Gandhi feels that ad campaigns play an effective role in bringing voters to the polling booth. “EC’s campaigns like ‘Ab watan dabayega button’ on radio that majorly focuses on first time voters have the potential to motivate and influence this segment (first-time voters) since the campaigns resolve their queries. By bringing about a realisation in them about the value of their vote through conversation, the EC will not only capture them for 2019 elections but also prep them for future elections,” he remarks.

He further says that campaigns by digital platforms like Snapchat and Google, though not in partnership with EC, are also adding up to EC’s efforts. “By creating filters, lenses, stickers, bitmojis around voting season, Snapchat is creatively reaching out the first-time voters who are impressionable and jump onto trends easily,” he added. 

Kuldeep Chaudhary, CEO, ADOHM, too agrees that ad campaigns play a pertinent role. “They highlight the importance of voting even for people who treat voting day as holiday. It creates awareness among people that voting is a responsibility & their most important duty for the nation.”

Brand Expert N Chandramouli, CEO, TRA Research is also of the opinion that if done properly, advertising can have a strong mnemonic and remind people to exercise their mandates. 

So, among the three communication mediums of TV, print and digital, which will yield the maximum results in terms of encouraging people to vote?

Chandramouli explains, “Since the voting age is 18+, approximately 60 per cent of the voters use different media and mediums to consume information. If they segregate their campaigns as per age groups, a unique digital campaign targeted at voters in the age group of 18-26 would be very effective. Number of print readers are reducing and the 40-60 age group could be targeted through print. TV could be the added push for the success of the campaign.”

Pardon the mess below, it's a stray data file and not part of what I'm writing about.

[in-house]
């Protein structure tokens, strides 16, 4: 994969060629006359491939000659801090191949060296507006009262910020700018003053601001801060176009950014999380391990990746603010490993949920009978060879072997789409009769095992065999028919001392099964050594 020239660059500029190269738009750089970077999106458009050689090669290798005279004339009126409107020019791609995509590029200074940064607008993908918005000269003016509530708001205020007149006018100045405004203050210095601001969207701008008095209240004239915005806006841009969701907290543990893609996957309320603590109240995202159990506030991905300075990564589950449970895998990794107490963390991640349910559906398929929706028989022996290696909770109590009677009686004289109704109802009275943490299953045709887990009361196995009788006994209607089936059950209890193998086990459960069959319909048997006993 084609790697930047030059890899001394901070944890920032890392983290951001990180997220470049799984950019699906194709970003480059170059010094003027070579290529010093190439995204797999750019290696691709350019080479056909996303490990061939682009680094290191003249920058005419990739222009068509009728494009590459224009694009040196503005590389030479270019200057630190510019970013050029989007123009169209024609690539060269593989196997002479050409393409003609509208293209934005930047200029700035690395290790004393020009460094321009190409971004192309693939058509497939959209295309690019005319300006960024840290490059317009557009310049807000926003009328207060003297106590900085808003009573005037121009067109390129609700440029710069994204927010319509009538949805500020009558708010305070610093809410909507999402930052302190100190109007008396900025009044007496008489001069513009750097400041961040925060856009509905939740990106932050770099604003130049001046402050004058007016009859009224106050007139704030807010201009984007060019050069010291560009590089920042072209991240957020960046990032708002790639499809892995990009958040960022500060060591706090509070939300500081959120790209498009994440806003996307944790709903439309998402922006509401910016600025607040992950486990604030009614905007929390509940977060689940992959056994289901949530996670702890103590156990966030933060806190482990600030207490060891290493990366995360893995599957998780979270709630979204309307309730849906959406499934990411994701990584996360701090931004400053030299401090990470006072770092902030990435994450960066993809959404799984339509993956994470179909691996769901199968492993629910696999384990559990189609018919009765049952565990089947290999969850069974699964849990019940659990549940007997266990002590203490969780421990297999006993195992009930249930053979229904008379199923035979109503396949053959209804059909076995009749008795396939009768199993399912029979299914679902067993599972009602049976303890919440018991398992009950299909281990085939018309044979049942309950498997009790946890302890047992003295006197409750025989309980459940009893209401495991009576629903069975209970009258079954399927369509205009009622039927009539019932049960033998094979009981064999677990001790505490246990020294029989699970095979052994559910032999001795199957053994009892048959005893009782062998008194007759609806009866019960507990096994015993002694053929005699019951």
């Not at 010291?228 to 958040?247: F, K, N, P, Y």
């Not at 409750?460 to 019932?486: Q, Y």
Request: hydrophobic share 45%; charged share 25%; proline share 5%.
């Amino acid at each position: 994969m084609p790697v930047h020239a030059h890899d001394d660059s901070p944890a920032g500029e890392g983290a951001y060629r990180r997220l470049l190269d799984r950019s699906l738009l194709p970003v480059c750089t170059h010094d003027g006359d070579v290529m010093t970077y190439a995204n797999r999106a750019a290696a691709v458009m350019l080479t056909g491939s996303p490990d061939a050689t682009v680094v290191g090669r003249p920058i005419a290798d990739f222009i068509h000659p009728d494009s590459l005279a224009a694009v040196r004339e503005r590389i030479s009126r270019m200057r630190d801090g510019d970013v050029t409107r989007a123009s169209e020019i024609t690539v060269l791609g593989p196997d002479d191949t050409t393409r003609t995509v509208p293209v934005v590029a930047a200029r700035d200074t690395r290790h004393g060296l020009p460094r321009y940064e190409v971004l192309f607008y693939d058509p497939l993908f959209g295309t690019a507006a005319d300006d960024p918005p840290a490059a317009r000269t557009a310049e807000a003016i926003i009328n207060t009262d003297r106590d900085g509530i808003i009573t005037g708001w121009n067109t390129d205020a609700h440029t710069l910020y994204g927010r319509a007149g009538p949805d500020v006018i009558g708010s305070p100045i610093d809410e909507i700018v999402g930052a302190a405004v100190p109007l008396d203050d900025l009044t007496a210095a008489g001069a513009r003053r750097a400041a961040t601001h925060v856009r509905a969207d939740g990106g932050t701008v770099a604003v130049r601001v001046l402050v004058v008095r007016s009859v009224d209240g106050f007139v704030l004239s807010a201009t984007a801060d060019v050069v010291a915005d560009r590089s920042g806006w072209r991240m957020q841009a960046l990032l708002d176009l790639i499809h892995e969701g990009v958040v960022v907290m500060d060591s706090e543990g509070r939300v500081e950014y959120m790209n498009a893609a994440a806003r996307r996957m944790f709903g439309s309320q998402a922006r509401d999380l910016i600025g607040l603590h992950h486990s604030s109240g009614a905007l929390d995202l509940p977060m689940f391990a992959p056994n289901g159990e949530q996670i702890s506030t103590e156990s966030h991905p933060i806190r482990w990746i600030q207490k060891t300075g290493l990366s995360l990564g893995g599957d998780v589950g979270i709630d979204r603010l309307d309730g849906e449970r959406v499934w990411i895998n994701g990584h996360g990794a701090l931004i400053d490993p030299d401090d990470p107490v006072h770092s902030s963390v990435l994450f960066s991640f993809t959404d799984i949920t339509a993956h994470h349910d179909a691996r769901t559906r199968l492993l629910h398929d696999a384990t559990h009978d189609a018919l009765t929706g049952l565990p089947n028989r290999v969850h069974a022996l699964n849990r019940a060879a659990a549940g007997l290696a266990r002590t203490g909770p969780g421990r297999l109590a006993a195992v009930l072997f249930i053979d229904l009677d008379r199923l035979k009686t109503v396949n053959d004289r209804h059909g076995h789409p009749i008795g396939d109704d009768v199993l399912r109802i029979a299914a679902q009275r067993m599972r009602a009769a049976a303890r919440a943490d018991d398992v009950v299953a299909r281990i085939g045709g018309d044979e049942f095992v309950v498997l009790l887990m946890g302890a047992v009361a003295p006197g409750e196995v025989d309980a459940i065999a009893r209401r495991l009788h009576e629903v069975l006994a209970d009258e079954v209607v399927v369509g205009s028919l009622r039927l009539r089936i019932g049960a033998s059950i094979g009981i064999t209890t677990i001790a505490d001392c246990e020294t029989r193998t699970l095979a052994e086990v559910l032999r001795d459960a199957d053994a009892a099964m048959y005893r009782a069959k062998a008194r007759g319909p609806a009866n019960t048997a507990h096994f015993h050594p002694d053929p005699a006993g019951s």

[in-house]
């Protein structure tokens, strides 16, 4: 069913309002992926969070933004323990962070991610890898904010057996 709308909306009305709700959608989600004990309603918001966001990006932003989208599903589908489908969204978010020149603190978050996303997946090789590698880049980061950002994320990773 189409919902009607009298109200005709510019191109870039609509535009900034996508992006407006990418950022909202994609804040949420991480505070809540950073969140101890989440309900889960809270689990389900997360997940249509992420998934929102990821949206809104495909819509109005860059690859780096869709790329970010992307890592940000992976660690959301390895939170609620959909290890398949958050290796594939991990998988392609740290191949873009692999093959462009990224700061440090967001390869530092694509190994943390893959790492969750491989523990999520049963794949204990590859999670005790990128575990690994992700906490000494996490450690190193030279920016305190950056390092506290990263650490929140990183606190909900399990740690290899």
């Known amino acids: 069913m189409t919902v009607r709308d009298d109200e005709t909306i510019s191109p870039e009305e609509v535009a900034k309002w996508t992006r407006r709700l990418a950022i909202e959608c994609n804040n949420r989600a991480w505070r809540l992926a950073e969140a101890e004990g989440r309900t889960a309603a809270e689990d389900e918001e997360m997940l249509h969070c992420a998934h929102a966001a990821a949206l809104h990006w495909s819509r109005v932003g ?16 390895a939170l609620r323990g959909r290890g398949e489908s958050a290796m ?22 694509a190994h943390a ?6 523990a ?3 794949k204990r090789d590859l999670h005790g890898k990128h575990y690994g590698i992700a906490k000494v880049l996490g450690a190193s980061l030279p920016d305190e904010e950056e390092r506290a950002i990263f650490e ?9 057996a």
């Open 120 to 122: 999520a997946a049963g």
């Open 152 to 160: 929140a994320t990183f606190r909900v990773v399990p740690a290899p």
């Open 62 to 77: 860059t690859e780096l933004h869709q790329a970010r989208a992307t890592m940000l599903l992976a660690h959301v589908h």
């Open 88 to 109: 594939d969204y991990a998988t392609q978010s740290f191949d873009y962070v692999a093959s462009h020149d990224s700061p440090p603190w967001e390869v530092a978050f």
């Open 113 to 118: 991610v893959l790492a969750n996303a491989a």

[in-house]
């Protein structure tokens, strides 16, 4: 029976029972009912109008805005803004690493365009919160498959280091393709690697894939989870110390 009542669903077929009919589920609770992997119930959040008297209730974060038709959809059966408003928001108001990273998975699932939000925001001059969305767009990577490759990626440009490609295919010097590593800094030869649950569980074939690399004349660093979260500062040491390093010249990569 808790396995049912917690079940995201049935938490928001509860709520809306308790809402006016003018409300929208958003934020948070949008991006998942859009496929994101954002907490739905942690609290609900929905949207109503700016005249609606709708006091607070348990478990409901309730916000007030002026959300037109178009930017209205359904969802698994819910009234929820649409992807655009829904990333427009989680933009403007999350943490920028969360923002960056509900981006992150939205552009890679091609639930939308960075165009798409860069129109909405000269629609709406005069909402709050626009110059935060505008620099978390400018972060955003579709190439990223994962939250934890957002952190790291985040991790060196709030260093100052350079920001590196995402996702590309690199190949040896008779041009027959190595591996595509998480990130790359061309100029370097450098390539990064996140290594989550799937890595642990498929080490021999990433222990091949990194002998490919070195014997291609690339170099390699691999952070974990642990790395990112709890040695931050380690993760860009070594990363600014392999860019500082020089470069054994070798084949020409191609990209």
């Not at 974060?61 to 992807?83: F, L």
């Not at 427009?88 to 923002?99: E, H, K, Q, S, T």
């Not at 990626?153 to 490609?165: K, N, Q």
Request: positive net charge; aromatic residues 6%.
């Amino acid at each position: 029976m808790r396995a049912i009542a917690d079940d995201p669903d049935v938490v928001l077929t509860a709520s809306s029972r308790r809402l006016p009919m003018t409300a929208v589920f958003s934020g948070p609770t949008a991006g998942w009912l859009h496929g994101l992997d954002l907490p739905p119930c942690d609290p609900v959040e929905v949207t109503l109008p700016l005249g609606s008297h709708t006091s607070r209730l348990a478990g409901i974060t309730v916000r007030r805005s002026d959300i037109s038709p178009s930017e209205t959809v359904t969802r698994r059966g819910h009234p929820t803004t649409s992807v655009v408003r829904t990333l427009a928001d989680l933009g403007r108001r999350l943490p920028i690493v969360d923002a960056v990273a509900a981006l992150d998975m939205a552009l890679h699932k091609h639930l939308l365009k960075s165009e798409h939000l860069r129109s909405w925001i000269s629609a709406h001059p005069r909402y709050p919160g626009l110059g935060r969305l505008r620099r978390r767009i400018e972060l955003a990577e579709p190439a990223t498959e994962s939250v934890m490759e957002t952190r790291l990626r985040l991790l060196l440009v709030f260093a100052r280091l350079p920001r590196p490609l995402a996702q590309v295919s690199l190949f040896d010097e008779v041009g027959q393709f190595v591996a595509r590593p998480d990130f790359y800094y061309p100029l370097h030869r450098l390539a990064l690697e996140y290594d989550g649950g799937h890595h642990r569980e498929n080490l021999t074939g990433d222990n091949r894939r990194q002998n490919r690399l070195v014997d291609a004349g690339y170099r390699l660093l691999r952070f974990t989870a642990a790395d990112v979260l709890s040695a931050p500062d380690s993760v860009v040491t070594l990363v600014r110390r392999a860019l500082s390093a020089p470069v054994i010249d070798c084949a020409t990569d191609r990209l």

Gandhi too feels that digital, specifically social, will play a significant and influential role because the younger generation is a heavy user of social media, and the elections would also see participation of a significant percentage of first-time voters. 

Chaudhary added that campaigns have to be omni-channel because while hoardings and newspaper are for mass advertising, digital is precise advertising.

“For example, people aged between 18 and 22 could be
first-time voters. There should be special campaigns for these youngsters to make sure that they come out and vote,” he explained.

While EC is doing all that it can do make sure people vote, elections have caught the attention of twitterati and a meme fest has taking place on social media platforms.

 

 

 

 

 

Meanwhile, brands too are doing their bit urging people to cast their votes. #indianelections #inidanelections2019 are trending on social media platforms. Today’s Google doodle too is dedicated to voting. Media houses to ice cream outlets, brands have taken their creatives to social media. And some eateries are giving special offers to the voters.

 

Zee Tamil

The channel has been using the hashtag #GrownUpsGoVote.

Tinkle Comics

 
 
 
 
 
 
 
 
 
 
 
 
 

#IndianElections2019 Exercise your right. Go out and vote! . . . #Vote #Elections #Elections2019 #TinkleComics #Comics

A post shared by Tinkle Comics Studio (@tinklecomicsstudio) on

 
 
 
 
 
 
 
 
 
 
 
 
 
 

#IndianElections2019 Exercise your right. Go out and vote! . . . #Vote #Elections #Elections2019 #TinkleComics #Comics

A post shared by Tinkle Comics Studio (@tinklecomicsstudio) on

 

Skore India

 

 
 
 
 
 
 
 
 
 
 
 
 
 

There's a lot to be won. Get out and vote. #ItsANaughtyWorld #election

A post shared by Skore India (@skore_india) on

 

 Stoned Monkey

 

Brahmins’ Thatte Idli

 

 Onesta